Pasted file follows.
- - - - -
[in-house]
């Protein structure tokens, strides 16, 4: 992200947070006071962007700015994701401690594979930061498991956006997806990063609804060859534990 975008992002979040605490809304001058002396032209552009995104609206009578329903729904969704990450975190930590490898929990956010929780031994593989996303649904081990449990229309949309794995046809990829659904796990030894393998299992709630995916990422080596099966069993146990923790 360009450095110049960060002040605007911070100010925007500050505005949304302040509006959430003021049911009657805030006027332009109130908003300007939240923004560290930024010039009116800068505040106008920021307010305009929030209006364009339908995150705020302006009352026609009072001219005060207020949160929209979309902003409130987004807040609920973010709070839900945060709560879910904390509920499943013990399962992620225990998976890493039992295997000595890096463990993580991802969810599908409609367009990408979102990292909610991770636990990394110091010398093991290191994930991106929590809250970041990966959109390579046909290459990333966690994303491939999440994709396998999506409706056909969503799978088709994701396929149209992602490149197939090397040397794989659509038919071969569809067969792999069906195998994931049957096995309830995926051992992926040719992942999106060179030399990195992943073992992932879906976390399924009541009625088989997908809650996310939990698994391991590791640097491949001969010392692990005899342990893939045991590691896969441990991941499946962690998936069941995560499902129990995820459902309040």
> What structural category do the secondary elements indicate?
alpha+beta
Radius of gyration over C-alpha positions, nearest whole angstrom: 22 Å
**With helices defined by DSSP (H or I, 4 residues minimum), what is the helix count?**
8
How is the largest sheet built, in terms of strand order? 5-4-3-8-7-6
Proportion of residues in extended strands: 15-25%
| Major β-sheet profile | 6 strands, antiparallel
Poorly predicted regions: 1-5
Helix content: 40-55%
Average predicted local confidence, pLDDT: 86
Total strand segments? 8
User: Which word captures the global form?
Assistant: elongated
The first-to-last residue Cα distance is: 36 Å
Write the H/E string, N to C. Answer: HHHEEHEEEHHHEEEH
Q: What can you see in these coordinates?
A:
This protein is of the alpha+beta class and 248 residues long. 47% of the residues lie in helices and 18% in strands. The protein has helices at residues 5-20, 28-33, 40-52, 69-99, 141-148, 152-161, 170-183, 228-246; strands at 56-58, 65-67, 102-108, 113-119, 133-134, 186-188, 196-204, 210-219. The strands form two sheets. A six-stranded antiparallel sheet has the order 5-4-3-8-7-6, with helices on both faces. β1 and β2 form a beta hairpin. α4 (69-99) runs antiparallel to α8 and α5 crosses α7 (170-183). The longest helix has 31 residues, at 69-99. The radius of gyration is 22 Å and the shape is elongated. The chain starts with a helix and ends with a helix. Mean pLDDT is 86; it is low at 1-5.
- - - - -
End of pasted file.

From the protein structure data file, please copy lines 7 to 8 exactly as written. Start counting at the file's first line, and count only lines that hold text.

8
How is the largest sheet built, in terms of strand order? 5-4-3-8-7-6